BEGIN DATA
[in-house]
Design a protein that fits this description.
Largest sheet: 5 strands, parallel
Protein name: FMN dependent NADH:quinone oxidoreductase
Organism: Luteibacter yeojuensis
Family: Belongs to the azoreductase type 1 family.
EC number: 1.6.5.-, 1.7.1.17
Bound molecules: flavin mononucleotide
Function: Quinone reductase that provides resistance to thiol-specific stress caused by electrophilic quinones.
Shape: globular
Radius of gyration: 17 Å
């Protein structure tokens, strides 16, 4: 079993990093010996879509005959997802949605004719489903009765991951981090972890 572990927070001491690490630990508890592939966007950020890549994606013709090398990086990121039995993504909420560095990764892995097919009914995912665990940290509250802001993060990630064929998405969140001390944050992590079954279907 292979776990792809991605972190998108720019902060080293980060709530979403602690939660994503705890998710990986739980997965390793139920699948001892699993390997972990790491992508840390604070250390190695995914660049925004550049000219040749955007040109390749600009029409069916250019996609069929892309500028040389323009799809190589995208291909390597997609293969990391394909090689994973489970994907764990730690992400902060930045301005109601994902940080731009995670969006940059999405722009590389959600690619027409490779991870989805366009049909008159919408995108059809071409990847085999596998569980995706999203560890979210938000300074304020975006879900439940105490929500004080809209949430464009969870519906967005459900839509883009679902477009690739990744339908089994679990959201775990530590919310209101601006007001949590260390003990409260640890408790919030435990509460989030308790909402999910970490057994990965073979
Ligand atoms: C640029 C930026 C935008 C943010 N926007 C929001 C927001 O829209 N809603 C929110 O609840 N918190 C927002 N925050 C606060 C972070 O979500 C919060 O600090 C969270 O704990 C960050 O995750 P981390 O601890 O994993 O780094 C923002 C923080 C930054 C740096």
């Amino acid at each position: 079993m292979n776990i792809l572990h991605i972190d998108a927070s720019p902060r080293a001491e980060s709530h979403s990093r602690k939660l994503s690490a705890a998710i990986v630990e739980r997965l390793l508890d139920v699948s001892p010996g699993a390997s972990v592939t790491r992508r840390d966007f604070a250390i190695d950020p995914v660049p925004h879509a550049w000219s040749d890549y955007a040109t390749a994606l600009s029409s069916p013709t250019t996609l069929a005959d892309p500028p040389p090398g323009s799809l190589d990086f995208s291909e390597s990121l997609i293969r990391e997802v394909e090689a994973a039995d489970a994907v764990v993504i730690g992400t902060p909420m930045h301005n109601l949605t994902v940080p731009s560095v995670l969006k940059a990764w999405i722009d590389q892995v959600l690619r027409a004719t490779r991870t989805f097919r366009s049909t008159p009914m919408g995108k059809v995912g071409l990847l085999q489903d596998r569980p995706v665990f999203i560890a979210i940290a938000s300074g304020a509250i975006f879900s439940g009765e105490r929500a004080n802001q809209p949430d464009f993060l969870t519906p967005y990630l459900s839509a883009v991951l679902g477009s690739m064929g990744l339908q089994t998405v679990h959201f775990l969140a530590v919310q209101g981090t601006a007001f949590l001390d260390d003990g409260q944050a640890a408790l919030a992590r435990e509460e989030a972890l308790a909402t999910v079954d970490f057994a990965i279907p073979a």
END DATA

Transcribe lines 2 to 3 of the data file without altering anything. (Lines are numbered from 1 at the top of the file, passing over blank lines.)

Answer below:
Design a protein that fits this description.
Largest sheet: 5 strands, parallel